Jo Ann Montemurro plays the ever – drinking, ever-lusting Gertrude, a role whose wickedness equals both that of Iago and Richard III combined. This character is even a worse human being than the Mary Jo Gordon Ms. Montemurro played in Dividing the Estate last season. The accomplished actress even finds humor in the role to counterpoint the blood curdling chills she evokes in her audience.
Aneisa Hicks and Kayla Pulley play the underwritten domestics, Catherine and Hattie, with zest and integrity.
Besides Mamie, the two characters who seem untouched by the rampant evil around them are bachelor Howard Ratliff and widow Sybil Borden. Making a nice and decent character interesting on stage is one of the most difficult tasks any actor can undertake. And Will Casey triumphs in the process; his goodness and kindness hold their own amid the vile characters surrounding him. Howard and Sybil undergo Dark Nights of the Soul, which Foote suggests may lead them to the beginnings of some kind of kenosis. By the end of the play, we are rooting for Howard to get together with Sybil. As Sybil, Lori Mayers has a very demanding role – her husband has just died, the man she wishes she had married turns up, and her old enemies attempt to strip her of everything, including her self-respect. The actress carries it all off with aplomb.
The Old Friends is a multi-set play. The great ability of designer Jeffrey D. Kmiec to accomplish this requirement in a theater with neither wings nor fly space is a miracle. The settings are lovely tributes to the late 1950s – an odd mixture of banality and garishness. The speedy and interesting set changes he, director Mendendian, and technical director Conor Clark devised, are so good that more equipped theaters could learn a lesson or two from the way this important work is accomplished.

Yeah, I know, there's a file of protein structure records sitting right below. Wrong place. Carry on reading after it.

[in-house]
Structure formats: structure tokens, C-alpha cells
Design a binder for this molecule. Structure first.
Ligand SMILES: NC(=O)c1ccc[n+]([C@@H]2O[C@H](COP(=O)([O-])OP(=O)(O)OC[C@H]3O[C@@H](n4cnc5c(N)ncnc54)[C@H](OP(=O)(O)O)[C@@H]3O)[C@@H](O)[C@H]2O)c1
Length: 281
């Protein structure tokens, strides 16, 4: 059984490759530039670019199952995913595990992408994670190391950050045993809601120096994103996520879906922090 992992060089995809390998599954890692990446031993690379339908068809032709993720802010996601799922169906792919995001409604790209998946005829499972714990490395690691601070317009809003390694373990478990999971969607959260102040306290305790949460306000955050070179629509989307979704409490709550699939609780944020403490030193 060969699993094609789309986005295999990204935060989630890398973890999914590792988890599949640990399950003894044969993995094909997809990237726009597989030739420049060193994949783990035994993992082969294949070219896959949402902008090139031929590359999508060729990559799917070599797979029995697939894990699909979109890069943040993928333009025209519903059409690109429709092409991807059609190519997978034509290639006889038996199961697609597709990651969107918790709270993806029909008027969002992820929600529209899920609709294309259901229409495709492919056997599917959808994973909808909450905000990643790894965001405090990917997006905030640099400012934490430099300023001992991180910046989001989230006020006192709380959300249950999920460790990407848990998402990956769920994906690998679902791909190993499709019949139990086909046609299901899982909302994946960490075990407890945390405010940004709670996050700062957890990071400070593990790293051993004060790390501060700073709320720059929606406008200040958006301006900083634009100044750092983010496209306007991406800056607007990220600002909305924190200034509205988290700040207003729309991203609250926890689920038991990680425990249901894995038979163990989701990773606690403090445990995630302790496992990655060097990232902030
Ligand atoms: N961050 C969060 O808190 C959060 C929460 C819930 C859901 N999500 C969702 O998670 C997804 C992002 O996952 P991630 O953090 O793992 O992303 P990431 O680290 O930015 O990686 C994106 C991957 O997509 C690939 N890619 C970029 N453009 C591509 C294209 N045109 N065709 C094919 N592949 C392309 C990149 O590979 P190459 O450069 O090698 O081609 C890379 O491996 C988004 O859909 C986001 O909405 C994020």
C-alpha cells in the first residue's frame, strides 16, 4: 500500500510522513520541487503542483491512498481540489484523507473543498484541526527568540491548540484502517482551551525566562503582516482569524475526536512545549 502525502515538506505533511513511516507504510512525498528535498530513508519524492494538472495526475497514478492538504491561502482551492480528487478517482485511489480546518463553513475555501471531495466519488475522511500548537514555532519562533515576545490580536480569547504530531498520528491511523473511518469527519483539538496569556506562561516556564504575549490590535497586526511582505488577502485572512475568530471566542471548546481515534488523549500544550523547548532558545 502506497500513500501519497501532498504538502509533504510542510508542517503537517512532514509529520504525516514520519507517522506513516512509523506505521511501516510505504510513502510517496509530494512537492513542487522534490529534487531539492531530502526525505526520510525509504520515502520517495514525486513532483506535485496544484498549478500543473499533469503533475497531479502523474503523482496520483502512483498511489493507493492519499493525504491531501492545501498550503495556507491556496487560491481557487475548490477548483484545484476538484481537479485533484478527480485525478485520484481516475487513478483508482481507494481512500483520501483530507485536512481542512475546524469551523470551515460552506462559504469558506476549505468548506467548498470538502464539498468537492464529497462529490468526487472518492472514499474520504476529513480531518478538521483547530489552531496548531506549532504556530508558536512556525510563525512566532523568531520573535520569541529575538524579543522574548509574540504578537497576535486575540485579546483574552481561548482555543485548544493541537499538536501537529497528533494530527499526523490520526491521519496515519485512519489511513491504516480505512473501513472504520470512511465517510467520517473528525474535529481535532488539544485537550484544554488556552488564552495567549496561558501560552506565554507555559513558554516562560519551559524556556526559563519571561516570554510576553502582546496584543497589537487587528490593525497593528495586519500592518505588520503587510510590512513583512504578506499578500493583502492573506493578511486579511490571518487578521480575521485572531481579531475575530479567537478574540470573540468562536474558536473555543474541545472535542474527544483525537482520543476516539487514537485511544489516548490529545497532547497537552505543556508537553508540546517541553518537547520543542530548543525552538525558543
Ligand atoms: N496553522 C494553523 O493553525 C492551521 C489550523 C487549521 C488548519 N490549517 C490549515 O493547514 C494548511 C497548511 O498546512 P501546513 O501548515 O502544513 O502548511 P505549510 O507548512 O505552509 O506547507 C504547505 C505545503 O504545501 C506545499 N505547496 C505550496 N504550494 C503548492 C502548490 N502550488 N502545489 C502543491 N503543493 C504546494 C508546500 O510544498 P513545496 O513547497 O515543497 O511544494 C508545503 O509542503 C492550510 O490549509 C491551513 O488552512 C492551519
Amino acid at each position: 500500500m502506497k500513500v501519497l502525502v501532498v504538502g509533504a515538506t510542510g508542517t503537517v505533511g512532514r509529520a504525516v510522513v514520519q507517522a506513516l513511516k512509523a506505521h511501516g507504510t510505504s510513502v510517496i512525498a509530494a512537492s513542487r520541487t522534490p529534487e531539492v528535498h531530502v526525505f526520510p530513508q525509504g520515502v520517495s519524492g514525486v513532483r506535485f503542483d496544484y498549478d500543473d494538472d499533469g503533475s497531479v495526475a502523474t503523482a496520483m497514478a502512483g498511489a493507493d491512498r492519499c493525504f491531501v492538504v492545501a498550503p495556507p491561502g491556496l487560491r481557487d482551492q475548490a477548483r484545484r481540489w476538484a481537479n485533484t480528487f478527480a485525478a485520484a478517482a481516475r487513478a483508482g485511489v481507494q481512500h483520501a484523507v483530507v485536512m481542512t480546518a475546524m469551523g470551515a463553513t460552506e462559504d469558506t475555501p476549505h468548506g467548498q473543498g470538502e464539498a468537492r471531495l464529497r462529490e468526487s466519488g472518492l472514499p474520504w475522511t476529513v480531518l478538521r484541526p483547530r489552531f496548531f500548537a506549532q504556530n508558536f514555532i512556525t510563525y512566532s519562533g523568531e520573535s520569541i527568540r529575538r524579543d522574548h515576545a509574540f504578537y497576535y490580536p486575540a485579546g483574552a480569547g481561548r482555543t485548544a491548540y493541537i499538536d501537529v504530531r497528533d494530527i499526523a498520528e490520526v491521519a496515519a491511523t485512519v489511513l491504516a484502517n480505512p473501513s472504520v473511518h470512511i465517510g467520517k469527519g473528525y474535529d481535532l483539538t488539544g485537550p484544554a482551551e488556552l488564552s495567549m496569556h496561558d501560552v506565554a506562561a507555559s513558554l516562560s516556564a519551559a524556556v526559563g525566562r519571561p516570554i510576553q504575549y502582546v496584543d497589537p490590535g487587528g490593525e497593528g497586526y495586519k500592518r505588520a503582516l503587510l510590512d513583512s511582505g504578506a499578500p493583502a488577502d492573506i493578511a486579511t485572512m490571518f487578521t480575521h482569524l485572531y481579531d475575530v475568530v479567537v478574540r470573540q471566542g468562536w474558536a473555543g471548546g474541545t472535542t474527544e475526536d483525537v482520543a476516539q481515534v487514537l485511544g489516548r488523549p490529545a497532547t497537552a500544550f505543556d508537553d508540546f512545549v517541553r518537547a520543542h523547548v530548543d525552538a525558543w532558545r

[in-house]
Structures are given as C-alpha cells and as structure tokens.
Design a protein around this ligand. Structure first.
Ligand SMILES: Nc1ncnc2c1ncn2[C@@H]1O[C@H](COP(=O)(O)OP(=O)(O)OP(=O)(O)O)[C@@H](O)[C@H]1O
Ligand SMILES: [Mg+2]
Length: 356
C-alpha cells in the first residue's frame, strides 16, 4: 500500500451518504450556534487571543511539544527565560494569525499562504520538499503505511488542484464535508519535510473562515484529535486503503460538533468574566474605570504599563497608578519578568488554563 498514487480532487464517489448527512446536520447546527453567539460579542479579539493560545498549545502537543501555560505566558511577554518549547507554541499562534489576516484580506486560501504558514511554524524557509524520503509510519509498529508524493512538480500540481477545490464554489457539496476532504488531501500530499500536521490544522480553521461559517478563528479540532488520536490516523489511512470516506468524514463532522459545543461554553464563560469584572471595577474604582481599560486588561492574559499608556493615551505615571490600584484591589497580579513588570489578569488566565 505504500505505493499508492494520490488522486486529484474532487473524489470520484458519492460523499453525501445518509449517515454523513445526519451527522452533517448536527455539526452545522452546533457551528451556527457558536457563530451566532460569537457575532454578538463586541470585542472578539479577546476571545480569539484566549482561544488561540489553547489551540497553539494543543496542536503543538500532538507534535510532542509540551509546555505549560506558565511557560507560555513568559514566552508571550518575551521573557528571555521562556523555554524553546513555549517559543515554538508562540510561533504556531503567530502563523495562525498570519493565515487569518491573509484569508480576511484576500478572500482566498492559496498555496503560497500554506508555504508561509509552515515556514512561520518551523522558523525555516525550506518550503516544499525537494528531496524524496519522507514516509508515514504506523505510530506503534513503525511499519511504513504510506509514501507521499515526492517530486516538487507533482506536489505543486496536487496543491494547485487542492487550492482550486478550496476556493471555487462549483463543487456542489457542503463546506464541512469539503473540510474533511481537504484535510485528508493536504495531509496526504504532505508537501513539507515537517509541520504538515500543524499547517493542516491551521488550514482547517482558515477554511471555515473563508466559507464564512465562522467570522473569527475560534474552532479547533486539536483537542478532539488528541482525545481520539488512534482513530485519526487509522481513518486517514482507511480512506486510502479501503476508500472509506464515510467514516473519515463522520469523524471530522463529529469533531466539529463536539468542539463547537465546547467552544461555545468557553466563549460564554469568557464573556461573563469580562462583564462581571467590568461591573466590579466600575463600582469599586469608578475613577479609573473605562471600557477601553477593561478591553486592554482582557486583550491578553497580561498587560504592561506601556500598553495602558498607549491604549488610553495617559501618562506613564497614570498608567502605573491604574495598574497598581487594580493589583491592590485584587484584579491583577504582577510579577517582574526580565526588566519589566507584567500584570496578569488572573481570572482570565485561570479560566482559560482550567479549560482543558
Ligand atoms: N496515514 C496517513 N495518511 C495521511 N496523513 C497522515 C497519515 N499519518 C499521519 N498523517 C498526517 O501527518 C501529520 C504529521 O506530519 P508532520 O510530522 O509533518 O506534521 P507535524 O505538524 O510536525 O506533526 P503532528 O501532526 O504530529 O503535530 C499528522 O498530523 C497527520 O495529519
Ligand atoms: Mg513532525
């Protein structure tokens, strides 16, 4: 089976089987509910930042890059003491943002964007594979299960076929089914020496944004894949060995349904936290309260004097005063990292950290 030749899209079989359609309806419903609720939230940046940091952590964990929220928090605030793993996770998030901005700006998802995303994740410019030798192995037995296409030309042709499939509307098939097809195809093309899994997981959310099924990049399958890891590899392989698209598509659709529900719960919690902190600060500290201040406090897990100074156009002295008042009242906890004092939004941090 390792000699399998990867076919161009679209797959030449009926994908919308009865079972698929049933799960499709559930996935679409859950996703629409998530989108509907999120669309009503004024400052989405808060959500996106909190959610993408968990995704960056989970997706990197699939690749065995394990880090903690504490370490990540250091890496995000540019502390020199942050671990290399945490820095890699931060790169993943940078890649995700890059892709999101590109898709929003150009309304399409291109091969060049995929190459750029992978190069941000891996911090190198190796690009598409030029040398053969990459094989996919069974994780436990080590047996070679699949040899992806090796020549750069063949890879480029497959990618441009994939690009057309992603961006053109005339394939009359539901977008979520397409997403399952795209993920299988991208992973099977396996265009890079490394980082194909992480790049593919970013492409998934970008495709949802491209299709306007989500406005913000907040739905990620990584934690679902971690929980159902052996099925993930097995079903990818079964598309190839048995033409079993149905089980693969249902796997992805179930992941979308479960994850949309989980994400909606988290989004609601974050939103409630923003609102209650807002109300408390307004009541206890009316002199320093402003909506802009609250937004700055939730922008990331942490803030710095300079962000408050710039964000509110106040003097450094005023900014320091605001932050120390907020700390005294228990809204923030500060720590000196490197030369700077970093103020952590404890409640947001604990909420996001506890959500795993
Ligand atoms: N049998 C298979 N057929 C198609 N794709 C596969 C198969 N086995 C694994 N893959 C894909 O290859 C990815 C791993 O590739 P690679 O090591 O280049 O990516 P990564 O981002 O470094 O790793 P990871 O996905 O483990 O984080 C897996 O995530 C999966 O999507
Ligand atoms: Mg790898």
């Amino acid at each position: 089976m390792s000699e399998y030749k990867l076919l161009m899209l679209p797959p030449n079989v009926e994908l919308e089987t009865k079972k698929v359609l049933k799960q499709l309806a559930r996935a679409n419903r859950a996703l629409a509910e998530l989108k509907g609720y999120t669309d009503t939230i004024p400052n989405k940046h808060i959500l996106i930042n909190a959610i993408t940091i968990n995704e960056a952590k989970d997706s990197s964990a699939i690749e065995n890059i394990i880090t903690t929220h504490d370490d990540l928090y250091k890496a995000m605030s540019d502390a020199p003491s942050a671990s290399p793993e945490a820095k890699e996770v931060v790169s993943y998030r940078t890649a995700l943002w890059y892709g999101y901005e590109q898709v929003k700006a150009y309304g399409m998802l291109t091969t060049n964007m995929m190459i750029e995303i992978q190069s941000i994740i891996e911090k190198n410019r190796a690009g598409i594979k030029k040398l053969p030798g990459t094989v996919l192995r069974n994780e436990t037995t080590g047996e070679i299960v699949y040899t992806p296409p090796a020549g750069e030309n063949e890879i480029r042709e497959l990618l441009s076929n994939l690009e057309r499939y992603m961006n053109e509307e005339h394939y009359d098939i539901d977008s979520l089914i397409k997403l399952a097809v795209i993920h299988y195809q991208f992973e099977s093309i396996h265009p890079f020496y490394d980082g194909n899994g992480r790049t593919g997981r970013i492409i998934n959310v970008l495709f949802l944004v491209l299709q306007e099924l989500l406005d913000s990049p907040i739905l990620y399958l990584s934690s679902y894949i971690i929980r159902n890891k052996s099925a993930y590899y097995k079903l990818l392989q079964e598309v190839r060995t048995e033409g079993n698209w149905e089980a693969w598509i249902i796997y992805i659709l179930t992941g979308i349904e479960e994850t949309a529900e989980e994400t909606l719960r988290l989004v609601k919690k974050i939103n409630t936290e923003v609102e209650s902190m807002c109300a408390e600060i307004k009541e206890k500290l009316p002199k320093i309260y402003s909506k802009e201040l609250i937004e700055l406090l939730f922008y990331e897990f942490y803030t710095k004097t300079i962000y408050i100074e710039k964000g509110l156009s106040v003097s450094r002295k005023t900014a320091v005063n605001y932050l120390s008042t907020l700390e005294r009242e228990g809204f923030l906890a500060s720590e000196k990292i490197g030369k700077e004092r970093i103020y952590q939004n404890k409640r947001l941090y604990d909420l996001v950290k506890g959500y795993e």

Even sound designer Eric Backus’ incidental music evokes the bankrupt sophistication the “winners” in this world seek – “I’m In with the In Crowd” and “Watermelon Man,” among priceless others.
In his classic work The Four Loves *, C. S. Lewis discussed the form of love known as philia, or “friendship”:
In a circle of true Friends each man is simply what he is: stands for nothing but himself. No one cares twopence about anyone else’s family, profession, class, income, race, or previous history. Of course you will get to know about most of these in the end. But casually. They will come out bit by bit, to furnish an illustration or an analogy, to serve as pegs for an anecdote; never for their own sake. That is the kingliness of Friendship. We meet like sovereign princes of independent states, abroad, on neutral ground, freed from our contexts. This love (essentially) ignores not only our physical bodies but that whole embodiment which consists of our family, job, past and connections. At home, besides being Peter or Jane, we also bear a general character; husband or wife, brother or sister, chief, colleague, or subordinate. Not among our Friends. It is an affair of disentangled, or stripped, minds.
The title The Old Friends is deliberately ironic. What Horton Foote presents on stage is the exact opposite of what C.S. Lewis describes. Nevertheless, a visit to the Raven Theatre is well worth one’s time.
*Lewis, C.S. The Four Loves. New York: Harcourt Brace Jovanovich, Publishers. 1960.